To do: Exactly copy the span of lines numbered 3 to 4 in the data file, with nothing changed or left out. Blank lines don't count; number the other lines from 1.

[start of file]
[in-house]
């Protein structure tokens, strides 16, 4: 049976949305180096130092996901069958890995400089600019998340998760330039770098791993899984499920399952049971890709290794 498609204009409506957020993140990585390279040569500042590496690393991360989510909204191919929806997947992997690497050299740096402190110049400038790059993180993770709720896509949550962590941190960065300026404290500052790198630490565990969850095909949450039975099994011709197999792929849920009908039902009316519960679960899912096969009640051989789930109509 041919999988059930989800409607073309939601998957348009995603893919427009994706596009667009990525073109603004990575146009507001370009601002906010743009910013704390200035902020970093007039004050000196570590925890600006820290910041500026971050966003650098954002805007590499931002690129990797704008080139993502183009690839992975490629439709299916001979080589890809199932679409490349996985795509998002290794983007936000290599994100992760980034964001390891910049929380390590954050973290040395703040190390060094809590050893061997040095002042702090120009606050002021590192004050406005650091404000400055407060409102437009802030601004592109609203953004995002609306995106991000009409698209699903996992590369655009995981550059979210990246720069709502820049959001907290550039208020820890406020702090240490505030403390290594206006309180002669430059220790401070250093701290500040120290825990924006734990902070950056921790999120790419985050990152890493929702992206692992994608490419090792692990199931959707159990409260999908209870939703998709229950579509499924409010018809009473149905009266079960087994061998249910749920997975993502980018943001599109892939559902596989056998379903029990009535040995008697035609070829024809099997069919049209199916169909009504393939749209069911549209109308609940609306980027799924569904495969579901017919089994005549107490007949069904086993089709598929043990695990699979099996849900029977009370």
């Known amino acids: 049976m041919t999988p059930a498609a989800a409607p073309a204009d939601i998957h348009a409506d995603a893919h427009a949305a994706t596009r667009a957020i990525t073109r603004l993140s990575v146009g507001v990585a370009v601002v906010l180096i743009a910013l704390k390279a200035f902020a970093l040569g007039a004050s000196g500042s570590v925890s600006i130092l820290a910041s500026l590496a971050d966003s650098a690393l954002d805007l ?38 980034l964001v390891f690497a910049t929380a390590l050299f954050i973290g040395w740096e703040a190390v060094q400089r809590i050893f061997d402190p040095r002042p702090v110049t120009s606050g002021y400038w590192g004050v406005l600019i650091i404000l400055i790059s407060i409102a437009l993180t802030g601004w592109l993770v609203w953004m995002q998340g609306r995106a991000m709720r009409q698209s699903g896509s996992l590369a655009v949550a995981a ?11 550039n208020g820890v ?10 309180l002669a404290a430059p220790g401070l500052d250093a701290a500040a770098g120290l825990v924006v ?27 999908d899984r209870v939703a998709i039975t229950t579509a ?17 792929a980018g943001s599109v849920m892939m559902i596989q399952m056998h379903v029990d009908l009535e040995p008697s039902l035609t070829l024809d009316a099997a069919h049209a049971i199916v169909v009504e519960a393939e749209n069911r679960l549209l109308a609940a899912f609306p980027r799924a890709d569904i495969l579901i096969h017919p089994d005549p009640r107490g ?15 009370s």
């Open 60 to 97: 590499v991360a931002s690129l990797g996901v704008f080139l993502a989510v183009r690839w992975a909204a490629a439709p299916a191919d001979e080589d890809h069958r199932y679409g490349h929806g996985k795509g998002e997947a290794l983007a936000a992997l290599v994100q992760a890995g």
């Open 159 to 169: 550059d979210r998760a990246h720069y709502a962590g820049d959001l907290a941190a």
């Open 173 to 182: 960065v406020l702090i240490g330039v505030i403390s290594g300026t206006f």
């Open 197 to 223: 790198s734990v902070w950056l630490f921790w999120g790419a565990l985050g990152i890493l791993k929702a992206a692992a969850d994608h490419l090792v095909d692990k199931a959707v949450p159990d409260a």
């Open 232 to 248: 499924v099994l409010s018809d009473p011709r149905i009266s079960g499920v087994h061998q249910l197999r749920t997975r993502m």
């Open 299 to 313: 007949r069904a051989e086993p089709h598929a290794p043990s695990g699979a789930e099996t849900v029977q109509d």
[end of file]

């Known amino acids: 049976m041919t999988p059930a498609a989800a409607p073309a204009d939601i998957h348009a409506d995603a893919h427009a949305a994706t596009r667009a957020i990525t073109r603004l993140s990575v146009g507001v990585a370009v601002v906010l180096i743009a910013l704390k390279a200035f902020a970093l040569g007039a004050s000196g500042s570590v925890s600006i130092l820290a910041s500026l590496a971050d966003s650098a690393l954002d805007l ?38 980034l964001v390891f690497a910049t929380a390590l050299f954050i973290g040395w740096e703040a190390v060094q400089r809590i050893f061997d402190p040095r002042p702090v110049t120009s606050g002021y400038w590192g004050v406005l600019i650091i404000l400055i790059s407060i409102a437009l993180t802030g601004w592109l993770v609203w953004m995002q998340g609306r995106a991000m709720r009409q698209s699903g896509s996992l590369a655009v949550a995981a ?11 550039n208020g820890v ?10 309180l002669a404290a430059p220790g401070l500052d250093a701290a500040a770098g120290l825990v924006v ?27 999908d899984r209870v939703a998709i039975t229950t579509a ?17 792929a980018g943001s599109v849920m892939m559902i596989q399952m056998h379903v029990d009908l009535e040995p008697s039902l035609t070829l024809d009316a099997a069919h049209a049971i199916v169909v009504e519960a393939e749209n069911r679960l549209l109308a609940a899912f609306p980027r799924a890709d569904i495969l579901i096969h017919p089994d005549p009640r107490g ?15 009370s």
């Open 60 to 97: 590499v991360a931002s690129l990797g996901v704008f080139l993502a989510v183009r690839w992975a909204a490629a439709p299916a191919d001979e080589d890809h069958r199932y679409g490349h929806g996985k795509g998002e997947a290794l983007a936000a992997l290599v994100q992760a890995g």